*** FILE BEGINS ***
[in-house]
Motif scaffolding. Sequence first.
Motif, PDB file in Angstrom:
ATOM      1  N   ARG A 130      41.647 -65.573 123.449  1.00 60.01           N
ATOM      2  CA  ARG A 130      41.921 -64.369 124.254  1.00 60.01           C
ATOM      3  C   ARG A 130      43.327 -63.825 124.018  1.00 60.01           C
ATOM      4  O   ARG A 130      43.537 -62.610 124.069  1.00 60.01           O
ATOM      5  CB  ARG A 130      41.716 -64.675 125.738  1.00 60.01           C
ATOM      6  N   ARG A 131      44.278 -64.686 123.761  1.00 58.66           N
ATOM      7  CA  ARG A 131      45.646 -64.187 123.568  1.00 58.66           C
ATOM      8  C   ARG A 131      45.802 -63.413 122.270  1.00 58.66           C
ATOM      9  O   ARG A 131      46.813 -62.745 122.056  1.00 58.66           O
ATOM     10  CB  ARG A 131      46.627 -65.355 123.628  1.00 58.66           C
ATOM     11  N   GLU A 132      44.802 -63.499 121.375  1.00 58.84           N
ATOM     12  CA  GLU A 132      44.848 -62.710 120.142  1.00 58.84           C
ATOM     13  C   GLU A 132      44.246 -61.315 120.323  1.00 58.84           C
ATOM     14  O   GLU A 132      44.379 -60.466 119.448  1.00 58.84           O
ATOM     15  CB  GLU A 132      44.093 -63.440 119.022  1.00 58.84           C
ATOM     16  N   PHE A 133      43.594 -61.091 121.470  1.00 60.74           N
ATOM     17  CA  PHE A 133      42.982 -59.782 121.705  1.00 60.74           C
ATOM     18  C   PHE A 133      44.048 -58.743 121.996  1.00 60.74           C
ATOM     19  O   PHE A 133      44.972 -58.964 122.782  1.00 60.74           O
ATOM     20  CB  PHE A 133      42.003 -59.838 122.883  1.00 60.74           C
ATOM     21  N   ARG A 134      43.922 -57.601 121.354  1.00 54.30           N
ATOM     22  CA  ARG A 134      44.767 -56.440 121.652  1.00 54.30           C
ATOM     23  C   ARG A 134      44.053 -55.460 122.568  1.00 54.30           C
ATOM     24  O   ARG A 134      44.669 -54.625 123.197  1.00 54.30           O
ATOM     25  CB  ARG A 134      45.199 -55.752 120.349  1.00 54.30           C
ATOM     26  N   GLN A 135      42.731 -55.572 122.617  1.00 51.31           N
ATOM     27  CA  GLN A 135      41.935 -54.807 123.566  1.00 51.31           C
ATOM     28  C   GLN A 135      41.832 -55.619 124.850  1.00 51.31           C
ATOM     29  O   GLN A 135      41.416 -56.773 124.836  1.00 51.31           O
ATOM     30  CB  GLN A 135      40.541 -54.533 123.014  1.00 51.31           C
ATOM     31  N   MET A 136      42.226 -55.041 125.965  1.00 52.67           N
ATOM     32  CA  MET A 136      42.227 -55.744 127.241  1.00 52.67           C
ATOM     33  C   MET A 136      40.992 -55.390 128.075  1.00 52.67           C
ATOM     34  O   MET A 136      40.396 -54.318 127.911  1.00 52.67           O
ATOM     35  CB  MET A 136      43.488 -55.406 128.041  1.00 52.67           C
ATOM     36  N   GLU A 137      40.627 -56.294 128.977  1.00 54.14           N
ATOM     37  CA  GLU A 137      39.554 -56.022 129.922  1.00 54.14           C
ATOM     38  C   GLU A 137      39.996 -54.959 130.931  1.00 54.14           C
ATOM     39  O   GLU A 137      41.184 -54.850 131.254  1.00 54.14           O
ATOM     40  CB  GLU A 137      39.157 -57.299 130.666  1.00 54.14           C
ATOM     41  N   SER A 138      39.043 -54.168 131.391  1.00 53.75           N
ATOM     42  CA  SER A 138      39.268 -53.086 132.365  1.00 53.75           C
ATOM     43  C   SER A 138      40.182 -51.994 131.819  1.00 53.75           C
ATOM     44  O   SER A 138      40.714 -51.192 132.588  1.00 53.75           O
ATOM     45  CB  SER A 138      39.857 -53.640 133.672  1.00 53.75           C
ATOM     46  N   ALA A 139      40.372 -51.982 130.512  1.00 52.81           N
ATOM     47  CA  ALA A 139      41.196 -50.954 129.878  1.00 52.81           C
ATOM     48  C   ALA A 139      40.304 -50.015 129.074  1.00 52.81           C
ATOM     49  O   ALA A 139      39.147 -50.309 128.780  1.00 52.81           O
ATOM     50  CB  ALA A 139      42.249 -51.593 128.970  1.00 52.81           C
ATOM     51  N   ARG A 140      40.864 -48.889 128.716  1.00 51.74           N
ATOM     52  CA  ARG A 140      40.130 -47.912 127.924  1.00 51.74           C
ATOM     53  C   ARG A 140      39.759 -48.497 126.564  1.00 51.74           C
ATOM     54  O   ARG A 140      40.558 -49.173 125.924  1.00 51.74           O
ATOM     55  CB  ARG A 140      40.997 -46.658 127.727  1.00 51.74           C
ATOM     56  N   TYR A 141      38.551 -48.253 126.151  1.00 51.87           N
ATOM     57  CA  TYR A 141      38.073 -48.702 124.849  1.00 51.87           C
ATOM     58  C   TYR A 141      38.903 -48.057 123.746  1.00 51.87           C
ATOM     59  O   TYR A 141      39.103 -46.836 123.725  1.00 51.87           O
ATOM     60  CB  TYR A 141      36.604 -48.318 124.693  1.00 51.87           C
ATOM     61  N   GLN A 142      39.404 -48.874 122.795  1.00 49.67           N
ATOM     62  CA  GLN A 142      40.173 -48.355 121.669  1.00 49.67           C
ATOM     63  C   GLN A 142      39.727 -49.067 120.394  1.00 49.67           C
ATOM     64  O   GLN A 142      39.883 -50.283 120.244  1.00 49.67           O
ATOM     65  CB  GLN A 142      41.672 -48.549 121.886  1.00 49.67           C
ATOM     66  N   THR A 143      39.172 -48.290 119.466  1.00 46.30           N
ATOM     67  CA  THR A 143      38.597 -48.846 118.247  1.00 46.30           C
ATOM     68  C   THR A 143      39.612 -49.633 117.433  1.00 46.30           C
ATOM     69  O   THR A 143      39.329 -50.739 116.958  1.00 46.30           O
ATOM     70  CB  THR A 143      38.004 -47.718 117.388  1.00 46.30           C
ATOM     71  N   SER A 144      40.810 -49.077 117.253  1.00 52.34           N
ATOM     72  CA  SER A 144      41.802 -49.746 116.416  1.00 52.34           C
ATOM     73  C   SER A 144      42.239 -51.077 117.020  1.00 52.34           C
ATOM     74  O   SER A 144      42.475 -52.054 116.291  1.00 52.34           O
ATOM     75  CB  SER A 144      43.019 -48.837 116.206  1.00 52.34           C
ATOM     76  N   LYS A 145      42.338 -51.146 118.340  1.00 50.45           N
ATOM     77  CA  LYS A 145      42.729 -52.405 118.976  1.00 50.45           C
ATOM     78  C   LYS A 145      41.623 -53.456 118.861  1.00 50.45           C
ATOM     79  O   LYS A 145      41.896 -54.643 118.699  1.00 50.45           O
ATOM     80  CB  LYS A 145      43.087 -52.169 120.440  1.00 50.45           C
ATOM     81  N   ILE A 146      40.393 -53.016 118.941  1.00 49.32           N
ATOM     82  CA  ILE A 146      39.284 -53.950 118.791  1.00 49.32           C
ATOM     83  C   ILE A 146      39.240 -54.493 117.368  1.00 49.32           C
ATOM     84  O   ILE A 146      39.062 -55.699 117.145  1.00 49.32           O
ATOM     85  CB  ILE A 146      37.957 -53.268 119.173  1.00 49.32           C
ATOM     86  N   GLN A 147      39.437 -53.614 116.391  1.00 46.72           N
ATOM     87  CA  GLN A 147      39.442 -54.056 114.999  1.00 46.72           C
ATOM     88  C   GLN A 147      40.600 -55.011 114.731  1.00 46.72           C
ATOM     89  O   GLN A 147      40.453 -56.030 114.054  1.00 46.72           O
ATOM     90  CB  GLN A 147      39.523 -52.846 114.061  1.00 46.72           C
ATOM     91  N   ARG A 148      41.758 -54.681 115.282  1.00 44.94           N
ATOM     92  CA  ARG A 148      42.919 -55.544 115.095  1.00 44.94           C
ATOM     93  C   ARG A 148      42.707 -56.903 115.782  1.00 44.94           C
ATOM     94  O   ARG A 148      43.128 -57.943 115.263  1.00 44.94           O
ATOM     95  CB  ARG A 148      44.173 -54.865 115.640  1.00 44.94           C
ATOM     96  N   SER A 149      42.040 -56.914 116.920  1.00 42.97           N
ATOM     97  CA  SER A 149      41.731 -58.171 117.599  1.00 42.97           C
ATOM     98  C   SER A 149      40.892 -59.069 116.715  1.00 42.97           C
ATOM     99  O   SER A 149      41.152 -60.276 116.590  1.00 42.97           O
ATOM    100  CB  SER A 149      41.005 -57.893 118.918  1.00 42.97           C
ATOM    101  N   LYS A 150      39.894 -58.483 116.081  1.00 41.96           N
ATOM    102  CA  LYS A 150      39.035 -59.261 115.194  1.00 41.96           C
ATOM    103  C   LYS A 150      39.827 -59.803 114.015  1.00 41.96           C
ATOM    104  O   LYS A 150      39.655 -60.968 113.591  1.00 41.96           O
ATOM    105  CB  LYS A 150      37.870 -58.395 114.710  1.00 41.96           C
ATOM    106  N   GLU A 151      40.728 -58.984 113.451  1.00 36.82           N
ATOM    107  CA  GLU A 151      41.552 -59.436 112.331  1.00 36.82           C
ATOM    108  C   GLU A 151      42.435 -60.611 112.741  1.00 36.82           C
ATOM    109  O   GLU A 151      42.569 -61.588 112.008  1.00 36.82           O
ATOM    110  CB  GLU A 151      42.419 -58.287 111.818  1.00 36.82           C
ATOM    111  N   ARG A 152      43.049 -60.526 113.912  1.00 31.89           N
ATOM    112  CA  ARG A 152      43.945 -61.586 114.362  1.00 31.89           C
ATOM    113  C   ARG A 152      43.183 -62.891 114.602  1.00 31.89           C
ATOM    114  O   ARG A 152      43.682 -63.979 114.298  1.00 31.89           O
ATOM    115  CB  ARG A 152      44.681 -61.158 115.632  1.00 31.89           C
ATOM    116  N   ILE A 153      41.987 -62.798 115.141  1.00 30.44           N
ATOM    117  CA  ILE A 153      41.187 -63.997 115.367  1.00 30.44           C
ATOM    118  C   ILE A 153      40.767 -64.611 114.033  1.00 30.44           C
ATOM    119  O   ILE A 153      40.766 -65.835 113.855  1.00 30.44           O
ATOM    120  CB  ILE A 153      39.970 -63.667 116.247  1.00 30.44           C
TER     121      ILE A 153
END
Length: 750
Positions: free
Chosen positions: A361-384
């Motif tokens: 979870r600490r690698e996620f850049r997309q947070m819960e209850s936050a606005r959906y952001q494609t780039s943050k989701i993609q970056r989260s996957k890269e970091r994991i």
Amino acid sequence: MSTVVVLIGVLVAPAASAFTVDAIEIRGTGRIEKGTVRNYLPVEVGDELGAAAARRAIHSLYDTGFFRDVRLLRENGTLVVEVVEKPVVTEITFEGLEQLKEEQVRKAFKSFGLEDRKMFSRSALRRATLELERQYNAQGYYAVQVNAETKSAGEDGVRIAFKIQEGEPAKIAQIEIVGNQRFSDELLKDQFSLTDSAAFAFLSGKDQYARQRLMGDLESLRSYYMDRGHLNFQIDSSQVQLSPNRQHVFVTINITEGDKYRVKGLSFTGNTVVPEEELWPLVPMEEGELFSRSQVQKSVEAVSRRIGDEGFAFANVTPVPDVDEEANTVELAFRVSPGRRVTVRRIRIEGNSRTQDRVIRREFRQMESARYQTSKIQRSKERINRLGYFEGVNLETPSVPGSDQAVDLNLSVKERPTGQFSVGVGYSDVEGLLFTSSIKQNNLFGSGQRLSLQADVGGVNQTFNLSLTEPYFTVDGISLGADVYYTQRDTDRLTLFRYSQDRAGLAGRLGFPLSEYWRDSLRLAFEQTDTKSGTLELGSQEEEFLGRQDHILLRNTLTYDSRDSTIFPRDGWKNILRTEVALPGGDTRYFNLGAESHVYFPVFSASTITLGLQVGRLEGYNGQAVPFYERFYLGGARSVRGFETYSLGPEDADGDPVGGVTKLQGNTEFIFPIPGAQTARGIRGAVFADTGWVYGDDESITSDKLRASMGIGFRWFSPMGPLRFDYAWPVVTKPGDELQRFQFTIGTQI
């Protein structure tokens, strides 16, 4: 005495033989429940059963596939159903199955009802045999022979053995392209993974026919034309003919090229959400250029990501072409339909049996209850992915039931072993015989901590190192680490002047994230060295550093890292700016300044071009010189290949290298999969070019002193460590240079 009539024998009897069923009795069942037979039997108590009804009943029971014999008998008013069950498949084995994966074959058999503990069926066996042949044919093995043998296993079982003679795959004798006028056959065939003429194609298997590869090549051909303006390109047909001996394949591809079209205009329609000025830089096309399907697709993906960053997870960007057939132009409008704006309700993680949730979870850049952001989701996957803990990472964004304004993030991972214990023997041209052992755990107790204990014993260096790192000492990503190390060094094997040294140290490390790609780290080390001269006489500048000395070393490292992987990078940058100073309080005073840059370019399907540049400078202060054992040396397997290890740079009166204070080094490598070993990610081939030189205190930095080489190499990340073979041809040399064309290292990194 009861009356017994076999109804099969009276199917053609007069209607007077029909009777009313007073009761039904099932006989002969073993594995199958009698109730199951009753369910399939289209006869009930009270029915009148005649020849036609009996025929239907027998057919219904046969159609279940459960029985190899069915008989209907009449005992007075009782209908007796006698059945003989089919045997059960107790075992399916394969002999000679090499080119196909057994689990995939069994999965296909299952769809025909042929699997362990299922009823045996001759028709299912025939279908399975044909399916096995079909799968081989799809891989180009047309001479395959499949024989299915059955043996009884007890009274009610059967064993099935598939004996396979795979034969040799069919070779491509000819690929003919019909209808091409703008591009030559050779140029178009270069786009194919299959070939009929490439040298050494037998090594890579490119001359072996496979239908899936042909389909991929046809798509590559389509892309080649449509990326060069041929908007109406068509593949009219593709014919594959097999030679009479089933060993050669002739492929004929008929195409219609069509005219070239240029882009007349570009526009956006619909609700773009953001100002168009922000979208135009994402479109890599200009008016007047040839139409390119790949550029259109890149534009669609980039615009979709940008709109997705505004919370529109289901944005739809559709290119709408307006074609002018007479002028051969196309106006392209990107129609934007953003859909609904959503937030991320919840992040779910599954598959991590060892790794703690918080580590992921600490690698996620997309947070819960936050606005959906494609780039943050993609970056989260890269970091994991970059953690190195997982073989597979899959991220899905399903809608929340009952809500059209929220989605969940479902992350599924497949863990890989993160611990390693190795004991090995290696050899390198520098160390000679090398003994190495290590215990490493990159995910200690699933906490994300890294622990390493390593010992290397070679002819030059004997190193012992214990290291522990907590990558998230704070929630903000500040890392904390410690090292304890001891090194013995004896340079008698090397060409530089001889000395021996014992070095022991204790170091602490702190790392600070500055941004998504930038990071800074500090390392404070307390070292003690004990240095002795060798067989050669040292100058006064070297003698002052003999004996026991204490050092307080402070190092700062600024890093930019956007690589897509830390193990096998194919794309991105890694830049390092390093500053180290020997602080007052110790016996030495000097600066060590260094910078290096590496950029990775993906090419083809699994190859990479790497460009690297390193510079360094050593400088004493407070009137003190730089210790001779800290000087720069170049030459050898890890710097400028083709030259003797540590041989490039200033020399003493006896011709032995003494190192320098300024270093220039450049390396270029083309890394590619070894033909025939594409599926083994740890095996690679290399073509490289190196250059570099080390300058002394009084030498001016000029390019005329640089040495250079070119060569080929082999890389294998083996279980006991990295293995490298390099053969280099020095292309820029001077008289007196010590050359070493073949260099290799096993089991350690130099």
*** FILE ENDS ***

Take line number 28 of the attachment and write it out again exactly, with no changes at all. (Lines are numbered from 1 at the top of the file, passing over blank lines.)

ATOM     25  CB  ARG A 134      45.199 -55.752 120.349  1.00 54.30           C